At higher elevations, junipers were selected at lower proportions than what was randomly available. One possible explanation for this relationship is that the average and variance of juniper proportion was greater at higher elevation, with junipers at some points exceeding approximately 80% of available cover. Gray Vireos did not generally nest in areas with juniper proportions greater than 30%, suggesting an optimum proportion of juniper cover for Gray Vireos at the 50-m radius scale. Indeed, Gray Vireos consistently nested in areas with juniper proportions ranging from approximately 15 to 30%, despite available juniper proportions of approximately 5 to 80%. It is unclear what the ecological mechanism is that limits the upper bounds of juniper proportions as nesting habitat. One possible explanation is that high densities of juniper may restrict surveillance of predators while incubating nests. Gray Vireos nest on the periphery of their substrate (Barlow et al. 1999), often with no vegetation adjacent to the nesting tree.
Additionally, one of the primary constraints of Gray Vireo nest-site occurrence at our study site was elevation. We graphically determined a threshold of approximately 1960 m in elevation in which nests are unlikely to occur, despite junipers being prevalent up to approximately 2200 m in elevation. We surveyed 14 random points at elevations greater than 1960 m but only found four nests within this region, with a maximum nest-site elevation of 2047 m. Conversely, at elevations less than 1960 m we surveyed 52 random points and found the remaining 95 nests. Upper elevation restrictions may be due to greater weather extremes, such as high winds or colder temperatures, or decreased arthropod abundances. Shepherd (et al. 2002) found decreased arthropod diversity in higher elevations of the pinyon-juniper woodlands adjacent to our study site. Our finding of an upper elevation limit of Gray Vireo occupancy is similar to that of Schlossberg (2006), who found that Gray Vireo density dropped significantly at an elevation greater than 1900 m. However, optimal elevations for Gray Vireos are likely to vary by geographic region.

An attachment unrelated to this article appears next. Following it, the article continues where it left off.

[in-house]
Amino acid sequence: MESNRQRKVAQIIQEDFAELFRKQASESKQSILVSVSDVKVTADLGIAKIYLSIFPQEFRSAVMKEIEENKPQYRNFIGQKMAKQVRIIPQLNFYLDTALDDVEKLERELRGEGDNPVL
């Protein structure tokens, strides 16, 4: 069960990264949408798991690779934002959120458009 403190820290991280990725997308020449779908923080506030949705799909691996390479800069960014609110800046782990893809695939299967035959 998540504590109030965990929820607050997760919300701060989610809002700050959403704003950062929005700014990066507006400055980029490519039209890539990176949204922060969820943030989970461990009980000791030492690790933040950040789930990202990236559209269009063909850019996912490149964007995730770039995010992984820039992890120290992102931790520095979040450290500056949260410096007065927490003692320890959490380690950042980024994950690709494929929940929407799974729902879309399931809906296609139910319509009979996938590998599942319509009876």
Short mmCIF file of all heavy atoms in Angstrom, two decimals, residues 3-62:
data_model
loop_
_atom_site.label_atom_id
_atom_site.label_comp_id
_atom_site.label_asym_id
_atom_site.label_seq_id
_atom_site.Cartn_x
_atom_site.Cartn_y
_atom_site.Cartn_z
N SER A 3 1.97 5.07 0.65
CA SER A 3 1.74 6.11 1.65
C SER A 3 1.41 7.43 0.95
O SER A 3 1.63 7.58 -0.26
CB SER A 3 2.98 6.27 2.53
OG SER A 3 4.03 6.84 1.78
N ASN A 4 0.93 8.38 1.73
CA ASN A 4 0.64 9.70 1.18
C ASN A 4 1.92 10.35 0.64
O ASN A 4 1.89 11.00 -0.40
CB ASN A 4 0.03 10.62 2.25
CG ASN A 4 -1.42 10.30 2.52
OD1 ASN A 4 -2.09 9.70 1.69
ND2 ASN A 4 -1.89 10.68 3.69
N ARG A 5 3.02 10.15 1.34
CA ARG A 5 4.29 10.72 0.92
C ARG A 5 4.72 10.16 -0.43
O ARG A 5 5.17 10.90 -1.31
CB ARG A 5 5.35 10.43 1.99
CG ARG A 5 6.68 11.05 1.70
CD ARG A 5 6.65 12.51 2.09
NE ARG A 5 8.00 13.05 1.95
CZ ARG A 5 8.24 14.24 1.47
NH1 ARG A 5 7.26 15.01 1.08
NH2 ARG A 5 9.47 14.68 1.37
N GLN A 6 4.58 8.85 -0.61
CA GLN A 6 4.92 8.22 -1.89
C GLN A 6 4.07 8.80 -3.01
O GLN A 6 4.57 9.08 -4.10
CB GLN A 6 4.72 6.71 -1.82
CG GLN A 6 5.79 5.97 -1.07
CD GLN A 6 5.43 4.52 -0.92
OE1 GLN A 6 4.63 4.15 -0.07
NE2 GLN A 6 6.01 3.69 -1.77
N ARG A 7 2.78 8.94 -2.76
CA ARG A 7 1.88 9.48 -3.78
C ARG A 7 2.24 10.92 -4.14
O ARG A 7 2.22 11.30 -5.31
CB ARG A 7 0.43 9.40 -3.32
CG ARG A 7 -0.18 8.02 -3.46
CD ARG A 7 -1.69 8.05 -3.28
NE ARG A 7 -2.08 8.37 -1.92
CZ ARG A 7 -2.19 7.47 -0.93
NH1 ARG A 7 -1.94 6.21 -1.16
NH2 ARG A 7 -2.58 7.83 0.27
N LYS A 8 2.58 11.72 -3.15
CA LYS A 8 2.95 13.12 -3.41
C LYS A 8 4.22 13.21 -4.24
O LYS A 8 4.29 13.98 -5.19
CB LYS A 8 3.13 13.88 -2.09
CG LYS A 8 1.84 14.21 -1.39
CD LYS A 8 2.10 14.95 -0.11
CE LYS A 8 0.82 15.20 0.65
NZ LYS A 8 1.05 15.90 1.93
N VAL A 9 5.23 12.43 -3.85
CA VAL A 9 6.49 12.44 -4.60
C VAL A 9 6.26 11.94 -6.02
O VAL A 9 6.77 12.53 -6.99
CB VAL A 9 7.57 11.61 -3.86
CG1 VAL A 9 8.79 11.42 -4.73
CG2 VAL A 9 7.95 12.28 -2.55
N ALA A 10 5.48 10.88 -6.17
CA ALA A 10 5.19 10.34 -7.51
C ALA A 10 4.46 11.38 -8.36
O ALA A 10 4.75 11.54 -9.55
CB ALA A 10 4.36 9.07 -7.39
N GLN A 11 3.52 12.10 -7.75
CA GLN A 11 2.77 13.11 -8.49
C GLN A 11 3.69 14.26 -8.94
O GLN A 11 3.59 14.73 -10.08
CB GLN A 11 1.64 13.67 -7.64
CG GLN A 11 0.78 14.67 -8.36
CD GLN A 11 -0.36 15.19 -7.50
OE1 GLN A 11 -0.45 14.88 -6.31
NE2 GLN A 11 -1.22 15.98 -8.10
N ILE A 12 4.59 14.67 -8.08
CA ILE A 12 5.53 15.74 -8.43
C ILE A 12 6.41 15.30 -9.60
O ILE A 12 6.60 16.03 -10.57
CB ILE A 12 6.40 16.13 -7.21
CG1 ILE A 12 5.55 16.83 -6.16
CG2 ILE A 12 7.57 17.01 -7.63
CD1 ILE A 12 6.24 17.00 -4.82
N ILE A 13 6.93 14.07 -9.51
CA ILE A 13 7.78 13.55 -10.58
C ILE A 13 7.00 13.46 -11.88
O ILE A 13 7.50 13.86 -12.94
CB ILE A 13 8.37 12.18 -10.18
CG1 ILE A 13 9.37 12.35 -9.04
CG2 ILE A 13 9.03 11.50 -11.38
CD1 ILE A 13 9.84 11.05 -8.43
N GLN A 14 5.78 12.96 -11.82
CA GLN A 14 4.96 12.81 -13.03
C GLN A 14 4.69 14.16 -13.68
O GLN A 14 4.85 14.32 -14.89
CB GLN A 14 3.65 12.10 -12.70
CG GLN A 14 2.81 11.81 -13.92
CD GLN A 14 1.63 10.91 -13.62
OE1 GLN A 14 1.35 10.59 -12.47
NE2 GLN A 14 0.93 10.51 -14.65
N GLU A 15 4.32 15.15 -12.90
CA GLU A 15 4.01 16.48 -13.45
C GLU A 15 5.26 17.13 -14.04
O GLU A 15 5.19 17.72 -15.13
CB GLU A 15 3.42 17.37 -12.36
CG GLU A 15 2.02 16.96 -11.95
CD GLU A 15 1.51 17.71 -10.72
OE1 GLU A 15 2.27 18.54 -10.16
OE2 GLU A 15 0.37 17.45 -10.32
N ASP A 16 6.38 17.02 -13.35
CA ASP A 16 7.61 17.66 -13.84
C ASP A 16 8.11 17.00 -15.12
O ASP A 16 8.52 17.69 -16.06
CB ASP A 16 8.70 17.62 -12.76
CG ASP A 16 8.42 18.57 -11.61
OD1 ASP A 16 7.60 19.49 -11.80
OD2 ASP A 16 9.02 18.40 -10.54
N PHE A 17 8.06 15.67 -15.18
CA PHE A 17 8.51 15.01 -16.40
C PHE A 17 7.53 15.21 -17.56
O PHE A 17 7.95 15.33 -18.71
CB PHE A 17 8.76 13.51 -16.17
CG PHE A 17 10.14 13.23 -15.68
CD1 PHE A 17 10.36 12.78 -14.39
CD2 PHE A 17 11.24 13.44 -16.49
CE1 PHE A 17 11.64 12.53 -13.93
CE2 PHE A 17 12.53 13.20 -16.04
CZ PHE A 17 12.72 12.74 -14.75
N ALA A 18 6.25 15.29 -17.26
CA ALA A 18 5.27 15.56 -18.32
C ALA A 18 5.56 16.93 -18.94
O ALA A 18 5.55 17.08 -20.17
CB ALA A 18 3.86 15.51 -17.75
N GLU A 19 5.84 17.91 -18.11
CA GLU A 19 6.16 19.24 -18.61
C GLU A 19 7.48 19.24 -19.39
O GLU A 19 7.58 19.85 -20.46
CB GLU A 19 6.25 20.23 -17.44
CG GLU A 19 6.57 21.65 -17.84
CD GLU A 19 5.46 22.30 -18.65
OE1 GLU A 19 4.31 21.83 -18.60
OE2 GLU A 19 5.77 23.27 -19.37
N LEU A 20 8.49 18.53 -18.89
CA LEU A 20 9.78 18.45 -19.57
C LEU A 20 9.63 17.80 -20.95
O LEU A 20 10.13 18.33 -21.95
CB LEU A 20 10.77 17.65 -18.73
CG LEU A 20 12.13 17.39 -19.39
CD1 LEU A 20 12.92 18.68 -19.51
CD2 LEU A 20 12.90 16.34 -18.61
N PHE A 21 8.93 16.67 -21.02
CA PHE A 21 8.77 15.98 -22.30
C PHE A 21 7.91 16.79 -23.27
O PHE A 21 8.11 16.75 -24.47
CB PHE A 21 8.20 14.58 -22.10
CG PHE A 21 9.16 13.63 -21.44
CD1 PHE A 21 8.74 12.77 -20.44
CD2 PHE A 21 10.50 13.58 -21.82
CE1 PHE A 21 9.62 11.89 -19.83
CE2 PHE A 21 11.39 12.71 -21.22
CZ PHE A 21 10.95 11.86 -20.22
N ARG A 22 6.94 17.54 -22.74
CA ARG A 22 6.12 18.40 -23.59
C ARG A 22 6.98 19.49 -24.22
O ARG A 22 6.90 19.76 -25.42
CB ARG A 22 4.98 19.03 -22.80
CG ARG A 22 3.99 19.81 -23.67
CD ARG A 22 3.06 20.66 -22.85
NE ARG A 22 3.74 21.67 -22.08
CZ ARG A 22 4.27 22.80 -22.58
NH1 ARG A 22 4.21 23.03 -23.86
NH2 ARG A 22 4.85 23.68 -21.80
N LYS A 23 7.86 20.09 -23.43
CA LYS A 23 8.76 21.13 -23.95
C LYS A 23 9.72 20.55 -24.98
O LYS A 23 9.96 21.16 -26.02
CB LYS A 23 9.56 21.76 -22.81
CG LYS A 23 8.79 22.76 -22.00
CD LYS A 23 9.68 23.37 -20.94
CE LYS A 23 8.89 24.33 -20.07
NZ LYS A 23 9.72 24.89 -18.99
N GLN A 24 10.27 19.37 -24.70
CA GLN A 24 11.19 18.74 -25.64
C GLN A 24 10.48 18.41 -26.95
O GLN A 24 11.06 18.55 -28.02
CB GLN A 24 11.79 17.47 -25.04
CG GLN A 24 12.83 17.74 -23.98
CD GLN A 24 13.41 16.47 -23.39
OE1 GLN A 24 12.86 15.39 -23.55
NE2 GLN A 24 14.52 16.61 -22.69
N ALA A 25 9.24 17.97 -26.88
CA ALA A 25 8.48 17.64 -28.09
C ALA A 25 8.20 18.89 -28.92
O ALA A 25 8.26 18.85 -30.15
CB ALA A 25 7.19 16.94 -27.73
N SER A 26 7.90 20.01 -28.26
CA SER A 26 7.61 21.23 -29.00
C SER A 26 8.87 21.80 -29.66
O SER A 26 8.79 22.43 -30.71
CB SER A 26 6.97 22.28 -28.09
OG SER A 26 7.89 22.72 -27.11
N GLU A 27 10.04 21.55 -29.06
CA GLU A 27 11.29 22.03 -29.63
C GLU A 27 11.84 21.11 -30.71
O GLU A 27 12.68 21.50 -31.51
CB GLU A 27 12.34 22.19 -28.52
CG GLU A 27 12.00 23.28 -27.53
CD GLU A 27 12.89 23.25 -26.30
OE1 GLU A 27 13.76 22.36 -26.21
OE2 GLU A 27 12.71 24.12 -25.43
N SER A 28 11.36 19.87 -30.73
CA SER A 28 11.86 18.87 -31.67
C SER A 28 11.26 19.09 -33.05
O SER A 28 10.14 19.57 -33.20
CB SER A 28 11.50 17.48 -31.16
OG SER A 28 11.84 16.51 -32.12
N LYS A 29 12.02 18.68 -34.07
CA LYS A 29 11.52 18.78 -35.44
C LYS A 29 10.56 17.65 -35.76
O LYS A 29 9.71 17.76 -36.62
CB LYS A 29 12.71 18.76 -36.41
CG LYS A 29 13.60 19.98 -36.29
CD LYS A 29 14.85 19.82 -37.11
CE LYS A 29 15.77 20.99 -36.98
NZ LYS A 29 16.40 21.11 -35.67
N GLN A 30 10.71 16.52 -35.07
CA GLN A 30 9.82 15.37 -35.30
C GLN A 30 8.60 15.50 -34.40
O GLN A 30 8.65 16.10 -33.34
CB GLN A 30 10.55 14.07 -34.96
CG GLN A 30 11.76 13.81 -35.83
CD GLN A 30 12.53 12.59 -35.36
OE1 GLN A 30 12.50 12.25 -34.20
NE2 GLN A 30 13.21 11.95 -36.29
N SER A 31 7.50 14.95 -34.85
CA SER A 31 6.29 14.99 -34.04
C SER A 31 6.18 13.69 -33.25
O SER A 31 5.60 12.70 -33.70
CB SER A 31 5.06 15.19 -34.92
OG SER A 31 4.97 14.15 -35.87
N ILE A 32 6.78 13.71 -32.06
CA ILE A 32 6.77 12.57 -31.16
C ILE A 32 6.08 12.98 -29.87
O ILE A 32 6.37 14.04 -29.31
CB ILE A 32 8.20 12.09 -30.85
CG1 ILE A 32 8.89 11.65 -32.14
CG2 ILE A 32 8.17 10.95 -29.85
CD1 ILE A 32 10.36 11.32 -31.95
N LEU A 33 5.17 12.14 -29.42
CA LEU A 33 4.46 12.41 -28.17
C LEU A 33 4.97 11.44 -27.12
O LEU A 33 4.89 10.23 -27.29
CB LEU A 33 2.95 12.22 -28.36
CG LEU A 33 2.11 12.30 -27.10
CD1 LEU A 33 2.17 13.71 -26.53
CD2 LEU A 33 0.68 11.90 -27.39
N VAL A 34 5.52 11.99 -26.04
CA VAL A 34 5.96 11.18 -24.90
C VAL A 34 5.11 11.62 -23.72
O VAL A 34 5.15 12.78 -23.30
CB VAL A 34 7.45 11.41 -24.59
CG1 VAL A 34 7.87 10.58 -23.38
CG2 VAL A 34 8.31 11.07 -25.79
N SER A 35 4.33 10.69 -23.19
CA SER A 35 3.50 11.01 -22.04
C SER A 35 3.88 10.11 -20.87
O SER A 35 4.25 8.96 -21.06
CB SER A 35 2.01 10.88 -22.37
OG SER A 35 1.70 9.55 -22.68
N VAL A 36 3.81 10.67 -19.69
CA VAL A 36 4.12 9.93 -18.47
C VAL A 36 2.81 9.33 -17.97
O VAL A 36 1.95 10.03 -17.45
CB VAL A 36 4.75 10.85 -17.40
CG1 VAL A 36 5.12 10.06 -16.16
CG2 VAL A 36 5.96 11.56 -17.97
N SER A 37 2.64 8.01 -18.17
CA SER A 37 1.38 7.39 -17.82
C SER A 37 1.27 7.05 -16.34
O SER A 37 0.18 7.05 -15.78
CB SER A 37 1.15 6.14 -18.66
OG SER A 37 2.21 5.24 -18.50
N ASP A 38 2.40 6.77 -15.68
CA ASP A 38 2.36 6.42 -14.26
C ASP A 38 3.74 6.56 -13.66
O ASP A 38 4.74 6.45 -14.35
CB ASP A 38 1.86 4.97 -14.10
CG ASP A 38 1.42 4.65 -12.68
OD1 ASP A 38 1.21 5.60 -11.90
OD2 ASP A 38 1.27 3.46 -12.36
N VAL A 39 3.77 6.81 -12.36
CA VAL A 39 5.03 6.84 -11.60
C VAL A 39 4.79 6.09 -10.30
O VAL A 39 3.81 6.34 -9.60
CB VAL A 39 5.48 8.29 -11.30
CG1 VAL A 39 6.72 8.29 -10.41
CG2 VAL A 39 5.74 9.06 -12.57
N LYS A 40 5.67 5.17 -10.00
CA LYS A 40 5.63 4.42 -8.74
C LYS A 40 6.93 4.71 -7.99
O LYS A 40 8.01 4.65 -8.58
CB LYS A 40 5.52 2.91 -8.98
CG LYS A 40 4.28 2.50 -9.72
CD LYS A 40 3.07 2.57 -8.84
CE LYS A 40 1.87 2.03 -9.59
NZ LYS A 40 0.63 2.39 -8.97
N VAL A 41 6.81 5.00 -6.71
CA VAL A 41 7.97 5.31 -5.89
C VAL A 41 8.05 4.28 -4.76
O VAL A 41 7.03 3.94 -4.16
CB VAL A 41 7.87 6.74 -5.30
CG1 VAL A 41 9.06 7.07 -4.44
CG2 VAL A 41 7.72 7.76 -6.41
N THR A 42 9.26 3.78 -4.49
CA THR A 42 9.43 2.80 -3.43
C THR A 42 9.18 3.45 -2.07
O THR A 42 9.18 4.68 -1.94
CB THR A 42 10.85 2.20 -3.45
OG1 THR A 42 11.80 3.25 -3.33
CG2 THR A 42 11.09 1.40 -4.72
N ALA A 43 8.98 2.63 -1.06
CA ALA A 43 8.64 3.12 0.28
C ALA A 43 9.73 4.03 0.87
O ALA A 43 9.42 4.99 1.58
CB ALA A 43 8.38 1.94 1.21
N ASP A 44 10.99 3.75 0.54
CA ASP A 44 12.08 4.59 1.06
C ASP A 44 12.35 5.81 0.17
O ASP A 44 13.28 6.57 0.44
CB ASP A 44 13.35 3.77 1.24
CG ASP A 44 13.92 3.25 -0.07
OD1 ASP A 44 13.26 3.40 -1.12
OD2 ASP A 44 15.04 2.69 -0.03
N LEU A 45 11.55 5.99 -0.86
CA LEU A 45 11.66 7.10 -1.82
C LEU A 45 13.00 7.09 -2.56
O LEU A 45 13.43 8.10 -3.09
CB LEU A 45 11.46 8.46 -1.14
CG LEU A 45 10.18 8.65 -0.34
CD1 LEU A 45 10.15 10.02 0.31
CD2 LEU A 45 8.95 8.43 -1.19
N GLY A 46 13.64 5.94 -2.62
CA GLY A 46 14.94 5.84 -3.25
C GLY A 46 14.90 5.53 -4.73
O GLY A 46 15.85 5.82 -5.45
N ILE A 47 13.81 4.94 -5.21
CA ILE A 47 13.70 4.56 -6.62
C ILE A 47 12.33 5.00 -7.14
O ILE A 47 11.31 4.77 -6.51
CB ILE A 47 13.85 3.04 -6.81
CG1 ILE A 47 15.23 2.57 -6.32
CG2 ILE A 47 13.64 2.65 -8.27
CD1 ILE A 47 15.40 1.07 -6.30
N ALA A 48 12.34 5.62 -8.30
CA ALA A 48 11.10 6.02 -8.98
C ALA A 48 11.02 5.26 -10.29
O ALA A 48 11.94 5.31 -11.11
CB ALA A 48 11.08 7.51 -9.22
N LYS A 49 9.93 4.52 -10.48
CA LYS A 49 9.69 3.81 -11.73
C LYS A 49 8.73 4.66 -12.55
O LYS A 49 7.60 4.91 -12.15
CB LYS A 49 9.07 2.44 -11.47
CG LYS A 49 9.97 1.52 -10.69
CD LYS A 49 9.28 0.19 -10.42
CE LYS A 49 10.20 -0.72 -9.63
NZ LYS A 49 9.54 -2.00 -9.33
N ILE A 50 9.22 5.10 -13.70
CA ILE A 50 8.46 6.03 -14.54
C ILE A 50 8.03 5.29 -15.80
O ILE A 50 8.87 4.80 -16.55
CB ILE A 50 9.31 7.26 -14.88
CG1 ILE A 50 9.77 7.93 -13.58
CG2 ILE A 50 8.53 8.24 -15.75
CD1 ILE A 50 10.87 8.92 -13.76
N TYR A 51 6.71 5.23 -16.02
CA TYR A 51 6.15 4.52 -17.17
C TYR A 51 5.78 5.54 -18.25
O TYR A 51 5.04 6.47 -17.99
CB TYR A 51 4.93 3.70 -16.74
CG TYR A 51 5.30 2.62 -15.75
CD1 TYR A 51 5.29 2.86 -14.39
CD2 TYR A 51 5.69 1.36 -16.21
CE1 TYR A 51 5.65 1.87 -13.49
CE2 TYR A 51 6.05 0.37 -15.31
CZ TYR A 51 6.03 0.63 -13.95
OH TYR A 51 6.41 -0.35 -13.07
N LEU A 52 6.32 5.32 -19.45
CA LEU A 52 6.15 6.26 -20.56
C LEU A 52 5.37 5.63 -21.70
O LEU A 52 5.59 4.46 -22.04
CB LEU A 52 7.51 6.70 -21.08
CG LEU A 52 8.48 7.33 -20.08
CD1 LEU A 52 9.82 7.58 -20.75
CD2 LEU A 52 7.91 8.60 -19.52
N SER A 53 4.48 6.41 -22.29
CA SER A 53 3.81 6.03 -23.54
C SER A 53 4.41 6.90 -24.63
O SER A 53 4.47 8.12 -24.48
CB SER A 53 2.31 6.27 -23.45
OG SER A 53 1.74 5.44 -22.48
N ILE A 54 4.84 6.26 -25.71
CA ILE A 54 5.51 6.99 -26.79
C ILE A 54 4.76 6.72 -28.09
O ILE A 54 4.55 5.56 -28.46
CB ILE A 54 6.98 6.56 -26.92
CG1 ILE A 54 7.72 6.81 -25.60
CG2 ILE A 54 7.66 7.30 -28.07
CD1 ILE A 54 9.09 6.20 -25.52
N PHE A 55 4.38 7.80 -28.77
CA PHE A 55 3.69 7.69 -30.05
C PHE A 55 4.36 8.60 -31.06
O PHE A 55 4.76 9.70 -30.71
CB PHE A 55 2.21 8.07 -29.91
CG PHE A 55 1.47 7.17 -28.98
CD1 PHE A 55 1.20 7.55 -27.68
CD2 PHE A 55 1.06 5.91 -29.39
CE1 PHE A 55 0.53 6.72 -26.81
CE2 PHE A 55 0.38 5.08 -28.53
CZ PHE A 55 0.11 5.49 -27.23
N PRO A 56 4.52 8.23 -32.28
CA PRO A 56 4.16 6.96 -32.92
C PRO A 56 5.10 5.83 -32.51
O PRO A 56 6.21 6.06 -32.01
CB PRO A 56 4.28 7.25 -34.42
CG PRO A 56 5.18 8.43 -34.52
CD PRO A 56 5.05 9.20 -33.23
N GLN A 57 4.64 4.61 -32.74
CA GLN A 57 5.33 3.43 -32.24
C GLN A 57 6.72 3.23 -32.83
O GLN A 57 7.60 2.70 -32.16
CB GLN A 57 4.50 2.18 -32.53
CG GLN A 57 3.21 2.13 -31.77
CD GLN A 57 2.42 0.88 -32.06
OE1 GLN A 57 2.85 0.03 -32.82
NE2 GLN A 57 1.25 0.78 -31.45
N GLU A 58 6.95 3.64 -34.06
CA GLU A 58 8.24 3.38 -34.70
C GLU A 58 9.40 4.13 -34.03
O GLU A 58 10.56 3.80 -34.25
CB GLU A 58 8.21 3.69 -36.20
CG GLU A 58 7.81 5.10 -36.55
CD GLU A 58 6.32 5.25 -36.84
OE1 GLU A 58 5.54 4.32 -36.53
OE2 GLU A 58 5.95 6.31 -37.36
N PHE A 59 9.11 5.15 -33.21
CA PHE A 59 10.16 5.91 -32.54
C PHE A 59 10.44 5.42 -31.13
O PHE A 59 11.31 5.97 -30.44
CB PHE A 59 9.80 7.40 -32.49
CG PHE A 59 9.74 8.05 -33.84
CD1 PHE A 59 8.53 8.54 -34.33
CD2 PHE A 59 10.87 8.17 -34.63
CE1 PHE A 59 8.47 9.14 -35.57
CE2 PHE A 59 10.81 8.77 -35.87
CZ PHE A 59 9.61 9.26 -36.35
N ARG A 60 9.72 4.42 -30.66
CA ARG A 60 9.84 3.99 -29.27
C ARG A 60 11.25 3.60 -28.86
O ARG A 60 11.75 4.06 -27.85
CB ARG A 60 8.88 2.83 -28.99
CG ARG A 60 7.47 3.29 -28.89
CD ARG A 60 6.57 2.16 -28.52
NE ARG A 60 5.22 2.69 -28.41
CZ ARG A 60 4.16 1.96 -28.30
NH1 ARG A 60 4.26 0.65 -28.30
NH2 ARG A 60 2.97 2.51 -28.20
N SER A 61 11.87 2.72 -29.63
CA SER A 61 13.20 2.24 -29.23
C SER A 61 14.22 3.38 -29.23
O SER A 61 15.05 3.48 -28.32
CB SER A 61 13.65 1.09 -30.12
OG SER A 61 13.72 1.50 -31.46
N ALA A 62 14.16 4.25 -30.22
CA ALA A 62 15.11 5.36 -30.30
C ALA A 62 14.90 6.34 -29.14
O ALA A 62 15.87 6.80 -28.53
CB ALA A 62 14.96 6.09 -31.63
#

Surprisingly, the top three models did not incorporate shrub cover. Shrub cover at the 100-m scale was incorporated in a broad-scale model that was significantly better than the null model (14.1 ΔAICc); however, the second best performing variable was pinyon pine at the 100-m radius scale. Schlossberg (2006) noted that Gray Vireo population density in Colorado increased with shrub density in pinyon-juniper woodlands, and this relationship was primarily influenced by sagebrush occurrence. It is presumed that shrub cover is primarily used as a foraging substrate for invertebrates. In the pinyon-juniper woodlands of KAFB, sagebrush was not common (U.S. Air Force 2012). Insect community composition in sagebrush found in Colorado may differ considerably from the common shrub species on KAFB, e.g., four-winged saltbush, Apache plume. Consequently, a difference in forage availability may contribute to our different findings. More behavioral observations are needed to determine the primary foraging substrate at our study site and how foraging behavior may vary throughout the species’ range. The importance of shrub cover as a foraging substrate may vary geographically.